Worse still, these survivors can spread their resistance to others. Normally, bacteria reproduce by dividing in two. Sometimes this results in new genes for resistance – a mistake during reproduction gives some lucky bacterium a crucial genetic boost – but it’s a slow process. However, bacteria can also share these winning genes through a process called gene transfer – roughly the bacterial equivalent of sex. This enables resistance to spread far more quickly. These new bacterial strains are then ready to dominate as soon as they come into contact with a dose of the antibiotic that they are resistant to.
And they have many opportunities to encounter such doses in the modern world. One particularly stupid mistake on humanity’s behalf has been to add antibiotics to animal feed as a growth promoter.
The quest for cheaper chicken nuggets and the like has led to farms around the world becoming a source for all kinds of terrifying new nasties, as vulnerable strains are replaced by antibiotic-resistant ones. As these strains encounter new antibiotics, they gradually build up resistance to these too, becoming multi-drug-resistant superbugs. Eventually even our “last resort” antibiotics fail.
Staving off the antibiotic apocalypse
How can we avoid this antibiotic apocalypse? Killing a superbug is actually easy – you just need bleach or heat. The hard thing is doing it without killing the patient you’re trying to cure. There are some promising technologies and unconventional therapies that might work. Bacteria have their own sworn enemies – viruses. Viruses that infect bacteria are known as bacteriophages. These infect bacterial cells in the same way a cold virus infects a human’s cells. Once inside, they capture the cell’s “machinery”, using it to reproduce in large numbers. These viruses eventually burst from their hosts and the life cycle starts all over.
Bacteriophages, meanwhile, are harmless to us. They don’t reproduce in our cells, leaving our natural “good bacteria” unharmed. That’s great news, as anyone who’s had an upset stomach from antibiotics will agree. But there are some major difficulties in getting the approach past regulators. Bacteriophages aren’t simple chemicals – they’re living viruses, which do their work through reproduction. So while they are a promising therapy, it’s an investment minefield.
The obscure Phage Therapy Center is one leader in the field – with desperate patients travelling to Georgia from the West to get treatment for otherwise incurable infections. A more conventional biotech play is the institutionally backed Pherecydes Pharma. It has a portfolio of treatments for skin, bone, and respiratory infections – but all have many years of expensive trials ahead before they become marketable. An alternative firm at a similar stage of product development is AmpliPhi Biosciences.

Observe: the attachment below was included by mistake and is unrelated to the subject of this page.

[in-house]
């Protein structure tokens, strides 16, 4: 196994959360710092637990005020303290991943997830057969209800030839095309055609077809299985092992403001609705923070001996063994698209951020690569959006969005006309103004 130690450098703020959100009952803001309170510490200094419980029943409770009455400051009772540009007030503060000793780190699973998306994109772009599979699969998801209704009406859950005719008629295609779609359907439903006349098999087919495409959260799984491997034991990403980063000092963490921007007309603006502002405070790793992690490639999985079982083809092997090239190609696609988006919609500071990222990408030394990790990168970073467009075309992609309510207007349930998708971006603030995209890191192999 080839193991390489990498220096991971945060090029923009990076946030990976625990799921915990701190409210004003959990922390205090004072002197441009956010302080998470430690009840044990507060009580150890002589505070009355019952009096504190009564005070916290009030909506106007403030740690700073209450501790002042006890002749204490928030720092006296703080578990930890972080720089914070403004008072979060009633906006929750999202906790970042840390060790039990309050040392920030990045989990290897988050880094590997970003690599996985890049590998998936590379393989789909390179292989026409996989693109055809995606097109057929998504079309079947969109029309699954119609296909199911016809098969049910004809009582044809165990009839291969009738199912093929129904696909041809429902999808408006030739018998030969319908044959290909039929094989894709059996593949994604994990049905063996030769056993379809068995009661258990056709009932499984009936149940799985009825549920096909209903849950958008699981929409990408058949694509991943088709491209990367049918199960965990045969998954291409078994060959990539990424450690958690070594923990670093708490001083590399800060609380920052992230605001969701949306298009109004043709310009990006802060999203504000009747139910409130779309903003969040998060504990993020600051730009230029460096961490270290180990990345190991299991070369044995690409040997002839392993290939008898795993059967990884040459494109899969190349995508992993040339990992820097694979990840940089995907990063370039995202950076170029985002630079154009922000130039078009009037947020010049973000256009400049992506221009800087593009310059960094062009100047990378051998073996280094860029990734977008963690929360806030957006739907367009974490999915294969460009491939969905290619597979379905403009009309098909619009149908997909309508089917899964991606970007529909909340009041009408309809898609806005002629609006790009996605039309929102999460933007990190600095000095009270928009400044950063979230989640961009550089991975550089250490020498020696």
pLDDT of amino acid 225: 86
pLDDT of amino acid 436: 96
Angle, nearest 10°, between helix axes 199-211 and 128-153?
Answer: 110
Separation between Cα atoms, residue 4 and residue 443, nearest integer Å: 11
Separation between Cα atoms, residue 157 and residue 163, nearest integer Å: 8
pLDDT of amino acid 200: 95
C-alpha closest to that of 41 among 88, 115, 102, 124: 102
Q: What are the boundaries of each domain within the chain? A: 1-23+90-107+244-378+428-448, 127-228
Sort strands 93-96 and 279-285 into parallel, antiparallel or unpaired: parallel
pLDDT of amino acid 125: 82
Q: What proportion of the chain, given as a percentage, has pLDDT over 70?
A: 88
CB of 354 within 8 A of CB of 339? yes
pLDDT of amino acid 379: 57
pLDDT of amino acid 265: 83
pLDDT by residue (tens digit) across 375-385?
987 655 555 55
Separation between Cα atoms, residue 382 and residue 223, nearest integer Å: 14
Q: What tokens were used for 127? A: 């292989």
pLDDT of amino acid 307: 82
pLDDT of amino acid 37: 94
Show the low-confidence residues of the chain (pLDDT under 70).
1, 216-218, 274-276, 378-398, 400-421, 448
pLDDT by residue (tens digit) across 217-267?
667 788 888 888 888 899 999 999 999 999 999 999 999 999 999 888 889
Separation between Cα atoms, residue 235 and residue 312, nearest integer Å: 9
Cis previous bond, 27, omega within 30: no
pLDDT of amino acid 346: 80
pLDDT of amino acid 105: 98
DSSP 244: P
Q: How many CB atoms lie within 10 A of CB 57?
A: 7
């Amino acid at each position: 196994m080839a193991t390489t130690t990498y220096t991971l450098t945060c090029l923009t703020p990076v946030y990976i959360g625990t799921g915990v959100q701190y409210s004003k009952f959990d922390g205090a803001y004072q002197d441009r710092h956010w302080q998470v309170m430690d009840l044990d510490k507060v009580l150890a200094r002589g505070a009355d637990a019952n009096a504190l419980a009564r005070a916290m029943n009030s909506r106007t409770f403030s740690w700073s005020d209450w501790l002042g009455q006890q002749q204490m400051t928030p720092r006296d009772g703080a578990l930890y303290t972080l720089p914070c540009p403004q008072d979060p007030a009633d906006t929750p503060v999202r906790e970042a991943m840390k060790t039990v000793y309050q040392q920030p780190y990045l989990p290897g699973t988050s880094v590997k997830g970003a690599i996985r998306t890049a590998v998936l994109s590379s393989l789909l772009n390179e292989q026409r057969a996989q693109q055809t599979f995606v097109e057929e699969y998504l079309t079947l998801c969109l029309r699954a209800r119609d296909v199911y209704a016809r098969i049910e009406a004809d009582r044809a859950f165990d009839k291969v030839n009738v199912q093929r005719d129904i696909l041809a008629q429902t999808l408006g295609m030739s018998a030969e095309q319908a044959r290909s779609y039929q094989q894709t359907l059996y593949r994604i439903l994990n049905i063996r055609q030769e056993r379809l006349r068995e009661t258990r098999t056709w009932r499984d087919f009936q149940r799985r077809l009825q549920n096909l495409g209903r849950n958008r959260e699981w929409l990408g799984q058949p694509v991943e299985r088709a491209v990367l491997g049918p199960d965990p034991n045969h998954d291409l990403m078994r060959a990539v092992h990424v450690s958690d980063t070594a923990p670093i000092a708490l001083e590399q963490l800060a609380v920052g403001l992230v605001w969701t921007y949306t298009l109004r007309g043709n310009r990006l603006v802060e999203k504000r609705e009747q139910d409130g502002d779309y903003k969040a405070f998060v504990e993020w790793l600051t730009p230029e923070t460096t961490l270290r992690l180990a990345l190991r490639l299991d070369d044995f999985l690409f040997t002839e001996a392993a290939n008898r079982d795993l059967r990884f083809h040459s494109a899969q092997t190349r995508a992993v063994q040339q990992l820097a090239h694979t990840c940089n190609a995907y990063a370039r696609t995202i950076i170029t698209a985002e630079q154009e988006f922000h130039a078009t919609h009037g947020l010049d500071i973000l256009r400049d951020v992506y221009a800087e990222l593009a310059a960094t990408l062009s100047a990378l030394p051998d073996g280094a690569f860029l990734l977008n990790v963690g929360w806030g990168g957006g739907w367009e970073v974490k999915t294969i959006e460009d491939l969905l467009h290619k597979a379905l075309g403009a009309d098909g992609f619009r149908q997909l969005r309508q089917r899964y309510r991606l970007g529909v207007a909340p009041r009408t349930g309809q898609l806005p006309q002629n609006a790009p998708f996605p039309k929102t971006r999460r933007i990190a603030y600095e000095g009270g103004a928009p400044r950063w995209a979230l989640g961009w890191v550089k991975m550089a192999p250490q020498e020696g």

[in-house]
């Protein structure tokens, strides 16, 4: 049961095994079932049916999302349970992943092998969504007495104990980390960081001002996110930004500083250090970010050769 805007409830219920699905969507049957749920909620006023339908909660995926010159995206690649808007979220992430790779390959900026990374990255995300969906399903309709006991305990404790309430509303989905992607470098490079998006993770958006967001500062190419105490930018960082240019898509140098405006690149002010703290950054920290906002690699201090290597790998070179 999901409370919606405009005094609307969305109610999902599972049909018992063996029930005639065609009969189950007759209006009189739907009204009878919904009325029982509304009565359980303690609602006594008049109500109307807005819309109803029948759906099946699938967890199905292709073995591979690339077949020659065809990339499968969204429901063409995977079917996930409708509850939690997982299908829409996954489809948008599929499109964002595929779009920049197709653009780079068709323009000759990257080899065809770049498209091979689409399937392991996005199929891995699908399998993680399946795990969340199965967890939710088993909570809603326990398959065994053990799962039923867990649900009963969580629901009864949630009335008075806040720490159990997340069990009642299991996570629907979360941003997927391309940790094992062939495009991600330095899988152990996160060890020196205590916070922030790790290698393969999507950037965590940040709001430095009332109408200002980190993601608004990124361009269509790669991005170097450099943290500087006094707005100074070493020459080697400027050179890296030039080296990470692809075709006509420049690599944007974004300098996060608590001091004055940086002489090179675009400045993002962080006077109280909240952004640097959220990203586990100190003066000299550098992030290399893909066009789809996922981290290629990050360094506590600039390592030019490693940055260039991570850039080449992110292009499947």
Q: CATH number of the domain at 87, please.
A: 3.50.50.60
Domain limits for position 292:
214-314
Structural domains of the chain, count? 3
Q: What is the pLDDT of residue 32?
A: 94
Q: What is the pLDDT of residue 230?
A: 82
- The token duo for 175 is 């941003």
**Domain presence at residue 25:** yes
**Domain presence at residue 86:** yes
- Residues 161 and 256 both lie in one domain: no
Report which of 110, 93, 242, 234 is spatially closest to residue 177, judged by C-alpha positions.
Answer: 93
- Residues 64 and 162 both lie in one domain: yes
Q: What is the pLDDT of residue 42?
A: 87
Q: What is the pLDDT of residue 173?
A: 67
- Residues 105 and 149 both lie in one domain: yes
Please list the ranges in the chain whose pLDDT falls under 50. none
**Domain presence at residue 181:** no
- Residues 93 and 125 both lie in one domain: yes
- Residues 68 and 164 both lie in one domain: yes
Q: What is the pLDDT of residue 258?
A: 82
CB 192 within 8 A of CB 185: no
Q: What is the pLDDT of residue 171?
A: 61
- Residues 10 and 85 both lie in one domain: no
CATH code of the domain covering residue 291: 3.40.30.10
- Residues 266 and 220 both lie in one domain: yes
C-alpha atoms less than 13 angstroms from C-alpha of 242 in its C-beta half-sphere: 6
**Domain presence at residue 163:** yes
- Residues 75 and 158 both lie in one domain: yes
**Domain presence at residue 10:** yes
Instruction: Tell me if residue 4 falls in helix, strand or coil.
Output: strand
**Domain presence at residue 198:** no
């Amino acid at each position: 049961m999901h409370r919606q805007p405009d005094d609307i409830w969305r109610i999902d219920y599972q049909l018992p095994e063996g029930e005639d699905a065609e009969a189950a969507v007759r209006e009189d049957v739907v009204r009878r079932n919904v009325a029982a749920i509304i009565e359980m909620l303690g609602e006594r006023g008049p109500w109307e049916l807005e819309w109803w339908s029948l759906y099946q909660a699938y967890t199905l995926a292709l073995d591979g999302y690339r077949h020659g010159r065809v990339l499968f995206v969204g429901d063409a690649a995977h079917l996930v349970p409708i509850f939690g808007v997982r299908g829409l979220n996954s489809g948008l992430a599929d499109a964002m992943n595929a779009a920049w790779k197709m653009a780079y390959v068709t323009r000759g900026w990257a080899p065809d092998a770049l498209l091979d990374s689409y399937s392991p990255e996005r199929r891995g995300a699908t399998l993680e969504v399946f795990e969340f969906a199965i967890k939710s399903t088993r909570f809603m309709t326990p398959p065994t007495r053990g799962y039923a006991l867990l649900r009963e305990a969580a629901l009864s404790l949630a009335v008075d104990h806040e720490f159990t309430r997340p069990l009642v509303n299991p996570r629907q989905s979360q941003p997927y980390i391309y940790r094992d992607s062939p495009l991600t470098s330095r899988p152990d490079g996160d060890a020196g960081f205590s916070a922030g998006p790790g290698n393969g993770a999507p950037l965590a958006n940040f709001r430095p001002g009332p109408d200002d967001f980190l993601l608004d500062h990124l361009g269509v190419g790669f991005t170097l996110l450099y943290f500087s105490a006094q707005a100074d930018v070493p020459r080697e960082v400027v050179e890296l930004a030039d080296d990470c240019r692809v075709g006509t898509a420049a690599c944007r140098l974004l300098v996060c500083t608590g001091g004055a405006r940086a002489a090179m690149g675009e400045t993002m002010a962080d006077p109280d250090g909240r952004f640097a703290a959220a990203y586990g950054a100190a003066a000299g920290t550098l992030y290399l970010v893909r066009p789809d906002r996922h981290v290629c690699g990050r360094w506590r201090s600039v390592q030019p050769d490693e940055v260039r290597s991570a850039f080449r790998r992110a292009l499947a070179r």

How about developing new antibiotics? One problem is that drug companies make far more money from tablets you have to take indefinitely – those used for treating chronic conditions, such as high blood pressure. And the main need is for last-line-of-defence antibiotics – these are used sparingly, which means they probably won’t sell well. In short, developing a five-day course of antibiotics for a few patients who are hard to treat isn’t an appealing investment route for most shareholders.
A way out?
However, there is one very promising source of new antibiotics – bacteria themselves. You see, if you’re a bacterium, then the best way to do away with a rival species is to kill it with your own antibiotics. The problem for researchers is that, while we can easily find species of bacteria from which antibiotics may conceivably be obtained, bacteria are feral things. They don’t like to be grown in the laboratory – only around 1% of bacteria can be cultured. That’s a quite astounding state of affairs – but it’s also a huge investment opportunity.
One firm has a “secret sauce” technology that is capable of getting bacteria to produce antibiotics, even when they can’t be conventionally cultured. Privately held NovoBiotic Pharmaceuticals produces a novel product for culturing bugs – the iChip (which they licensed from the university that the firm was spun out from). It’s essentially a very particular kind of tissue paper – a thin membrane that traps bacteria.
It’s pretty easy to isolate the bacteria you want, but very hard to give it the right environment to grow in – so the firm doesn’t even try. Instead, it places the bacteria in the soil it naturally lives in – allowing the natural chemicals it’s familiar with to wash through the membrane. This way the bug gets exactly what it needs, but it can’t escape.